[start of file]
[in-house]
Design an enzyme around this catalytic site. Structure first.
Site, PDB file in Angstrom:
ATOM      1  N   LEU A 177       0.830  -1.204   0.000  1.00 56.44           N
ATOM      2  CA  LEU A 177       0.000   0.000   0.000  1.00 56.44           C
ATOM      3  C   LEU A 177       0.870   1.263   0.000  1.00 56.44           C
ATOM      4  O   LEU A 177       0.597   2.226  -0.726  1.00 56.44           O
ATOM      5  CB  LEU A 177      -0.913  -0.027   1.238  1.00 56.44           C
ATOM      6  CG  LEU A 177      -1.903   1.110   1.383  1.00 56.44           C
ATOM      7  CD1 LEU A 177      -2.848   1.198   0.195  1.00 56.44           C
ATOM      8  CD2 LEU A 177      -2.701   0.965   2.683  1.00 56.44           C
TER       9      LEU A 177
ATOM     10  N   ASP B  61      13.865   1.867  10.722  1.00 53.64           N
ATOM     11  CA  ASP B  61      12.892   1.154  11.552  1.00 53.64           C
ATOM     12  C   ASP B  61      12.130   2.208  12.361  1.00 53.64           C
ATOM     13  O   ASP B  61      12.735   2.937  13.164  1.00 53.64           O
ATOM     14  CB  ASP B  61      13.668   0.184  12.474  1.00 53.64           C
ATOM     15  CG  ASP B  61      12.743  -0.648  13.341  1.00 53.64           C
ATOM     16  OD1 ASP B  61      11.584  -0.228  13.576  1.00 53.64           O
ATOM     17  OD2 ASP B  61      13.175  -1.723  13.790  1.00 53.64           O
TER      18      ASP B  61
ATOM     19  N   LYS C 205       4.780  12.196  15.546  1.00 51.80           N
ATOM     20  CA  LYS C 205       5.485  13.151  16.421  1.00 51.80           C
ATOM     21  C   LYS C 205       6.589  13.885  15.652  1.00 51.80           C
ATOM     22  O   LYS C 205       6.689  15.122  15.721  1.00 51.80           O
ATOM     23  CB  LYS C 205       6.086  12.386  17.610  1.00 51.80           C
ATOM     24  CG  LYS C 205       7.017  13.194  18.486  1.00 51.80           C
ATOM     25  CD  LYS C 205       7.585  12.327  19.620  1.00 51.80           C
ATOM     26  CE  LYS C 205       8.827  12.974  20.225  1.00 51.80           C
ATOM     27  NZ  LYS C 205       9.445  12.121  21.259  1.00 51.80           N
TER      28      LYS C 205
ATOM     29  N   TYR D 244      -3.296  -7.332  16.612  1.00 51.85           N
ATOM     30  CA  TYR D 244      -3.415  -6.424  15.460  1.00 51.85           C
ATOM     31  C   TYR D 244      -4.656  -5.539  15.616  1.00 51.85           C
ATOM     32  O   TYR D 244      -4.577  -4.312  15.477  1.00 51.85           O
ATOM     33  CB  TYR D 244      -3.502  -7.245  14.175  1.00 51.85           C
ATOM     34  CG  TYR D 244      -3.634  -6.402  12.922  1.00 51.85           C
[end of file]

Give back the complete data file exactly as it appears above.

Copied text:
[in-house]
Design an enzyme around this catalytic site. Structure first.
Site, PDB file in Angstrom:
ATOM      1  N   LEU A 177       0.830  -1.204   0.000  1.00 56.44           N
ATOM      2  CA  LEU A 177       0.000   0.000   0.000  1.00 56.44           C
ATOM      3  C   LEU A 177       0.870   1.263   0.000  1.00 56.44           C
ATOM      4  O   LEU A 177       0.597   2.226  -0.726  1.00 56.44           O
ATOM      5  CB  LEU A 177      -0.913  -0.027   1.238  1.00 56.44           C
ATOM      6  CG  LEU A 177      -1.903   1.110   1.383  1.00 56.44           C
ATOM      7  CD1 LEU A 177      -2.848   1.198   0.195  1.00 56.44           C
ATOM      8  CD2 LEU A 177      -2.701   0.965   2.683  1.00 56.44           C
TER       9      LEU A 177
ATOM     10  N   ASP B  61      13.865   1.867  10.722  1.00 53.64           N
ATOM     11  CA  ASP B  61      12.892   1.154  11.552  1.00 53.64           C
ATOM     12  C   ASP B  61      12.130   2.208  12.361  1.00 53.64           C
ATOM     13  O   ASP B  61      12.735   2.937  13.164  1.00 53.64           O
ATOM     14  CB  ASP B  61      13.668   0.184  12.474  1.00 53.64           C
ATOM     15  CG  ASP B  61      12.743  -0.648  13.341  1.00 53.64           C
ATOM     16  OD1 ASP B  61      11.584  -0.228  13.576  1.00 53.64           O
ATOM     17  OD2 ASP B  61      13.175  -1.723  13.790  1.00 53.64           O
TER      18      ASP B  61
ATOM     19  N   LYS C 205       4.780  12.196  15.546  1.00 51.80           N
ATOM     20  CA  LYS C 205       5.485  13.151  16.421  1.00 51.80           C
ATOM     21  C   LYS C 205       6.589  13.885  15.652  1.00 51.80           C
ATOM     22  O   LYS C 205       6.689  15.122  15.721  1.00 51.80           O
ATOM     23  CB  LYS C 205       6.086  12.386  17.610  1.00 51.80           C
ATOM     24  CG  LYS C 205       7.017  13.194  18.486  1.00 51.80           C
ATOM     25  CD  LYS C 205       7.585  12.327  19.620  1.00 51.80           C
ATOM     26  CE  LYS C 205       8.827  12.974  20.225  1.00 51.80           C
ATOM     27  NZ  LYS C 205       9.445  12.121  21.259  1.00 51.80           N
TER      28      LYS C 205
ATOM     29  N   TYR D 244      -3.296  -7.332  16.612  1.00 51.85           N
ATOM     30  CA  TYR D 244      -3.415  -6.424  15.460  1.00 51.85           C
ATOM     31  C   TYR D 244      -4.656  -5.539  15.616  1.00 51.85           C
ATOM     32  O   TYR D 244      -4.577  -4.312  15.477  1.00 51.85           O
ATOM     33  CB  TYR D 244      -3.502  -7.245  14.175  1.00 51.85           C
ATOM     34  CG  TYR D 244      -3.634  -6.402  12.922  1.00 51.85           C